If you, too, have been feeling trapped and abandoned in a world bereft of meaning and given to abject cruelty, perhaps it’s just the natural effects of watching Cardi B and Megan Thee Stallion’s Grammys performance last month. That’s the general tone of the more than one thousand complaints that were lodged with the FCC, anyway, from viewers who witnessed the Houston rapper and her “WAP” collaborator bumping and grinding through their conservative media–titillating hit, barely stomaching it long enough to write a graphically detailed email. “This was a disgusting display of nothing more than sluts being sluts,” wrote one such concerned citizen, who vowed to file a lawsuit on behalf of everyone else who saw it and would like some money now. Other typical complaints ranged from those who framed their responses as proportionate revenge against cancel-crazy liberals for Dr. Seuss and Mr. Potato Head, to the self-described “massage therapist with deep respect for the human body who found myself crying myself to sleep wondering how this could be allowed on television.” For those who missed it, or who have likewise been having trouble drifting off, the clip is still available on YouTube, alongside approximately ten million far more salacious things.
Shameless Chooses Spoon for Its Swan Song
In a far less controversial marriage of Texas music and gleeful immorality, last weekend saw Showtime’s Shameless going out much like it first stumbled in—with Spoon’s 2002 track “The Way We Get By.” The Austin group’s ode to scraping by, making do, getting stoned, and listening to the Stooges memorably popped up in the series’ pilot episode, becoming an unofficial anthem for the show about a dysfunctional family just struggling to survive beneath their drunk, neglectful patriarch. So naturally, it all had to come full circle in the finale, which found the entire Shameless cast taking to the streets and belting out the tune a capella as the Gallaghers’ story reached its inevitably bittersweet conclusion. Whether you’re a Pitchfork-reading snob or a working-class tough on the South Side of Chicago, we can all agree that Kill the Moonlight is a banger.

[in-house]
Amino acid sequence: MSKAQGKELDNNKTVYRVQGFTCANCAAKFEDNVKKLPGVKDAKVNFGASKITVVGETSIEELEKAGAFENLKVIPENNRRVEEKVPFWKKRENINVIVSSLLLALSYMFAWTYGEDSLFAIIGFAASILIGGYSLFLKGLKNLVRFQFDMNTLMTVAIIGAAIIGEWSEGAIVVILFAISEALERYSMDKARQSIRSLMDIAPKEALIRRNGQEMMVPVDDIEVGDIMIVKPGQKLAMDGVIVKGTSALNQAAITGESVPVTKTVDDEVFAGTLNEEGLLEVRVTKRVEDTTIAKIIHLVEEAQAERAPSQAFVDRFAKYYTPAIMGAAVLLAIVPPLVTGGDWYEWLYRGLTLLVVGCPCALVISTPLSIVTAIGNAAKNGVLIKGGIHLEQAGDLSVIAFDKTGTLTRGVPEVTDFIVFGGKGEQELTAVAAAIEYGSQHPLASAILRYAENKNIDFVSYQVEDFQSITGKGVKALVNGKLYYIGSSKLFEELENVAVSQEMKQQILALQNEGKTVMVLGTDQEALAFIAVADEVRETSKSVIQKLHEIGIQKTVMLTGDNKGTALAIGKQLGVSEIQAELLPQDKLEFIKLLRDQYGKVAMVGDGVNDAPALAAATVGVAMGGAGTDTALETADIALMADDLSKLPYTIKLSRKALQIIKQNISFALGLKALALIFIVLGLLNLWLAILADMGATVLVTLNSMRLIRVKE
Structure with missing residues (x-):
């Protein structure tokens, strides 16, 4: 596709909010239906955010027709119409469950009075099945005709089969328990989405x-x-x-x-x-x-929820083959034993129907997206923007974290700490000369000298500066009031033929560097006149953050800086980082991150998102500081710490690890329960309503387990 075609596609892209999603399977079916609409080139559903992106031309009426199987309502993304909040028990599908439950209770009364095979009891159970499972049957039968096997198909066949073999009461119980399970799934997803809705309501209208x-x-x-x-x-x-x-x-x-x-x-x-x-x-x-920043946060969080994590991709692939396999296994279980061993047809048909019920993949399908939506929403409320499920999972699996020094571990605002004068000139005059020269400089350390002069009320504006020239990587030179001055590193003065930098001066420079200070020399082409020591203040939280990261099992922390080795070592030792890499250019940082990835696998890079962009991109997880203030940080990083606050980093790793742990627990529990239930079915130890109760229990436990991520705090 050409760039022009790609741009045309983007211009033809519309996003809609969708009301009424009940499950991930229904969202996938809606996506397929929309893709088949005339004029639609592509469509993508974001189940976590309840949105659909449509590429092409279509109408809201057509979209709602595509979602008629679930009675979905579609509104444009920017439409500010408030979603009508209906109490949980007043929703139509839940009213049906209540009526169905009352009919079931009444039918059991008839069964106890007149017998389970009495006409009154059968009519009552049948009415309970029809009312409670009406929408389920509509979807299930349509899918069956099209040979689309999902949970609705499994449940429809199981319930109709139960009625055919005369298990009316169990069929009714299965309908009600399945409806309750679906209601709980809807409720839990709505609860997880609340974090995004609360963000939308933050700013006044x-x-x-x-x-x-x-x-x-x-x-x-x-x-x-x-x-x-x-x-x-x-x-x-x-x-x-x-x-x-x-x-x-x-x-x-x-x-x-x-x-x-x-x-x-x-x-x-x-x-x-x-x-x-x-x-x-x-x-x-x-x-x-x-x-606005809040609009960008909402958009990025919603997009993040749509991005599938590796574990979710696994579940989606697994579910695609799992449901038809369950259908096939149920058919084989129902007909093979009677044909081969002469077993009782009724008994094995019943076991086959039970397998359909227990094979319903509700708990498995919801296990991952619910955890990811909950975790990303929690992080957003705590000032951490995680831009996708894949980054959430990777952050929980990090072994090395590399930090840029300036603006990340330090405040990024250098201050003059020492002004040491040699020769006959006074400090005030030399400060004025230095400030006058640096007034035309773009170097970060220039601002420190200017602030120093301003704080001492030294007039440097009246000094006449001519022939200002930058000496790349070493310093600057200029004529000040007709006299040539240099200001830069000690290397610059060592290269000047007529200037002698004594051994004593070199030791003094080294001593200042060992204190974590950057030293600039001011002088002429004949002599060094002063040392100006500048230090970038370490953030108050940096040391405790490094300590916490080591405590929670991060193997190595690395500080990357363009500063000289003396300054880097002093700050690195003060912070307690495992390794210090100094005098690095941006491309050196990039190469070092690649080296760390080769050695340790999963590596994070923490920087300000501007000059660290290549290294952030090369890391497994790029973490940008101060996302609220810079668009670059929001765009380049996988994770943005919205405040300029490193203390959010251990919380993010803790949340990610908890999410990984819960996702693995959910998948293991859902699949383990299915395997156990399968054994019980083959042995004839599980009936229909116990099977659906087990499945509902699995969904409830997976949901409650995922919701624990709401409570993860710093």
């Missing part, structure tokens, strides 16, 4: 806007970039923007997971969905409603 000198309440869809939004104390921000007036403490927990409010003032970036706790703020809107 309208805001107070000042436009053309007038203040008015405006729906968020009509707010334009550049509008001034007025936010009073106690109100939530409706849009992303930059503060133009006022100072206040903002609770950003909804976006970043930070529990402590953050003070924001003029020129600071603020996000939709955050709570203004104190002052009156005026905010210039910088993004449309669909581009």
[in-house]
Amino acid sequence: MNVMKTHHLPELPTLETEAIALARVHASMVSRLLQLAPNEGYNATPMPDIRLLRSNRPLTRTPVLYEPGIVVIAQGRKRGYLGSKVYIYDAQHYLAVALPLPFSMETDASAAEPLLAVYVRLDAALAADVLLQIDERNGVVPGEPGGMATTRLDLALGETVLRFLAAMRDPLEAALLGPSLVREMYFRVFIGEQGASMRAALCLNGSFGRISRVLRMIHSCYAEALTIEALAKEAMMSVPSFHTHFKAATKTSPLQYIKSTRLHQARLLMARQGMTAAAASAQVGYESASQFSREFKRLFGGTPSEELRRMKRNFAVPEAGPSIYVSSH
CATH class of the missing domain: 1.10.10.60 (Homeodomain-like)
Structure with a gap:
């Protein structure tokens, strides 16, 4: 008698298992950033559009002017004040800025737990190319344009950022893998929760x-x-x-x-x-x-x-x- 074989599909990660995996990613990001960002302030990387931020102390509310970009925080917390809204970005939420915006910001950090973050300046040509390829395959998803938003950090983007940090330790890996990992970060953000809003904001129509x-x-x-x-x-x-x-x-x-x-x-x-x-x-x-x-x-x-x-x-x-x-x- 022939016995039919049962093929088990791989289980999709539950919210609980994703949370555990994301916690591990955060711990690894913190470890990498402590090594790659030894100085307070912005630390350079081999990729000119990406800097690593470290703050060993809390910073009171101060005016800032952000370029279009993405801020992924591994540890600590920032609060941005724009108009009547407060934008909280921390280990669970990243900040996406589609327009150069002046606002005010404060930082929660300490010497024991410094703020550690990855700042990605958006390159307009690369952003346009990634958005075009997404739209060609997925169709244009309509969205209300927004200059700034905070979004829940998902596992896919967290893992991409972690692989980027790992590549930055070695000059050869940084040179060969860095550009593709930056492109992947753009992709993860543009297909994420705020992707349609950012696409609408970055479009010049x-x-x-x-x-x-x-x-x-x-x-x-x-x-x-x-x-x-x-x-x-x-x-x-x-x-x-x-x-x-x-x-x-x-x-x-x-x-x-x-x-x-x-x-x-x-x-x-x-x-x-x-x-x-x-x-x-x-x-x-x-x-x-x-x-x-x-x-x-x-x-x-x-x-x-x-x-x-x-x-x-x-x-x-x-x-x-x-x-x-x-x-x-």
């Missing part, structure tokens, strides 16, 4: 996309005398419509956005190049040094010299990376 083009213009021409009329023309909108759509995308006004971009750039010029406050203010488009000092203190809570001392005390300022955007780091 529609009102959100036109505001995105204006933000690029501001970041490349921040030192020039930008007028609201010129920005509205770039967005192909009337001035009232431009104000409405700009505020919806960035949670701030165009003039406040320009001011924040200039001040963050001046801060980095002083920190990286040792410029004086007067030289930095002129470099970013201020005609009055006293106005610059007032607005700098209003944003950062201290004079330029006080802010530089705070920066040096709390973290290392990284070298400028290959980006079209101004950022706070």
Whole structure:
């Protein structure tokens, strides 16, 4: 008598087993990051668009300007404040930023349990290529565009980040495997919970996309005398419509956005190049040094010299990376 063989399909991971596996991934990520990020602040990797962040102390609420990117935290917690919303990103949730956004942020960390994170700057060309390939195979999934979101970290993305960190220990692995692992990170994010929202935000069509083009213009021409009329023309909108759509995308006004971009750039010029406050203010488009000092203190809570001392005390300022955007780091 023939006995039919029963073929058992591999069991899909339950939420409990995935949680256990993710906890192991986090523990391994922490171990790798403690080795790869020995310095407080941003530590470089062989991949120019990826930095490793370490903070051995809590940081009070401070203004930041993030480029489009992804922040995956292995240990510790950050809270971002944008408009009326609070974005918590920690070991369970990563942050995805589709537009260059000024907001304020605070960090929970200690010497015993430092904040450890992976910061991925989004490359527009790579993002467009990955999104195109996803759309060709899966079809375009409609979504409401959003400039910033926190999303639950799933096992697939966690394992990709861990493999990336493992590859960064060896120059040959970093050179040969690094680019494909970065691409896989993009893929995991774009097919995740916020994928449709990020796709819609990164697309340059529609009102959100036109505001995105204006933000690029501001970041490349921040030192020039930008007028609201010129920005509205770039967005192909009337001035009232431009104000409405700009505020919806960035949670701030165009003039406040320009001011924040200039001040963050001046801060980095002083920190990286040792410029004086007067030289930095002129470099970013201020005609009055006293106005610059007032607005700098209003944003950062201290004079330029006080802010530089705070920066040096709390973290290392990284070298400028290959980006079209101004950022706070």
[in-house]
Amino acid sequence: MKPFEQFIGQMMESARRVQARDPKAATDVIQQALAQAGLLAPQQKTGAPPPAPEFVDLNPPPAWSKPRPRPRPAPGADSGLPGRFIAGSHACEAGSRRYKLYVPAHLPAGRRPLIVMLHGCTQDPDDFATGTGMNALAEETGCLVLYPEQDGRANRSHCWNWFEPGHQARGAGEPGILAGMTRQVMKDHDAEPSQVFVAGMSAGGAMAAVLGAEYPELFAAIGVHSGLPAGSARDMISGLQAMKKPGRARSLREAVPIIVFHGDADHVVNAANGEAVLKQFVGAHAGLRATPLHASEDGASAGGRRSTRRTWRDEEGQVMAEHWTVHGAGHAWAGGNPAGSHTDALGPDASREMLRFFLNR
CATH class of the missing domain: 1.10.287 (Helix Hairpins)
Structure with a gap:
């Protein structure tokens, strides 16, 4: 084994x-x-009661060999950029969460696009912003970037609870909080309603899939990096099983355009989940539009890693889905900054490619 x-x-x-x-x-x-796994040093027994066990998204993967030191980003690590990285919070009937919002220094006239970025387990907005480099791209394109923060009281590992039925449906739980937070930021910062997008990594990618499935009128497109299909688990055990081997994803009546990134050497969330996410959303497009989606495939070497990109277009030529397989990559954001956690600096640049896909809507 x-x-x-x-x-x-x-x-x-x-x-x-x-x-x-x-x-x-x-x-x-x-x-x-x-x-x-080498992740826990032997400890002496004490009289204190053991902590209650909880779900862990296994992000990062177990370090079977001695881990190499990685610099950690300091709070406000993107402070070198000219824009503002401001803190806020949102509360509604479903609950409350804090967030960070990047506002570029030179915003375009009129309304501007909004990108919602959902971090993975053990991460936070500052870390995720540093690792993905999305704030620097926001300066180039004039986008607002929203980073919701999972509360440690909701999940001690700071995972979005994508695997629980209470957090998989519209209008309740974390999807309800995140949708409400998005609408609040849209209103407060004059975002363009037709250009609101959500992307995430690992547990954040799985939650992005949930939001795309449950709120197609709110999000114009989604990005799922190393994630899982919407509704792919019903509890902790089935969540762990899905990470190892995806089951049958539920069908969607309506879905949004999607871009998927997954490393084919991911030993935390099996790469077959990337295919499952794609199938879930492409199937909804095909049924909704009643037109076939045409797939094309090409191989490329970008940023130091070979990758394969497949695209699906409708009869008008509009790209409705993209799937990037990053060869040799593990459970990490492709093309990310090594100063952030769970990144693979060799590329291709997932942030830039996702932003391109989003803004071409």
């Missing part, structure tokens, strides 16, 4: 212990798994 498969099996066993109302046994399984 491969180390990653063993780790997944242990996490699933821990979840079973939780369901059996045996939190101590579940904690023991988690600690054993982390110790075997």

This Week in Matthew McConaughey
It’s been about a minute since anyone’s asked Matthew McConaughey whether he’ll run for Texas governor, senator, or maybe emperor for life, although we assume the answer remains a hearty laugh, followed by platitudes about honor and responsibility. If McConaughey is, as he promised, still giving the matter “true consideration,” he was surely encouraged to learn that a majority of Americans don’t find the idea completely ludicrous. In a recent Piplsay survey of more than 30,000 online respondents, 58 percent said they would support McConaughey and Dwayne “The Rock” Johnson running for Texas governor and U.S. president, respectively, with 39 percent adding that Hollywood celebs in general could make for good politicians “if they have the political aptitude.” Granted, these online polls aren’t exactly maps of the body politic; a lot of those same people also said they’d like to see Robert Downey Jr., Angelina Jolie, and Dolly Parton run for president, largely based on the platform of “I like them.” Still, you can’t argue that Matthew McConaughey hasn’t shown some political acumen through his broad, bipartisan appeals to things every American enjoys, such as national parks and Matthew McConaughey, or his ability to make windy speeches about stuff like “values” sound kinda thoughtful and even vaguely inspirational.
But right now, Matthew McConaughey doesn’t have much time to save Texas and America from itself—because it’s soccer season, man. With the McConaughey-backed Austin FC playing its inaugural match on Saturday, April 17, the mogul’s ceaseless media tear has shifted fully into selling his club and the entire sport to a state that’s never really fully embraced it (just ask the late, lamented Dallas Sidekicks). It’s an admittedly uphill battle that McConaughey has framed as a “hundred-year war.” It remains to be seen whether Austin FC will, as McConaughey hopes, still be alive and kicking a century from now, with robot strikers passing around titanium balls or whatever. But in the meantime, McConaughey is assuredly all in on helping to lay the team’s foundation firsthand, telling Goal.com, “I’m not interested in being a mascot” for the franchise. Which is a shame—Matthew McConaughey shuffling along the sidelines to “Baby Elephant Walk” would be a surefire way to draw crowds—but the future governor does have to preserve some of his dignity.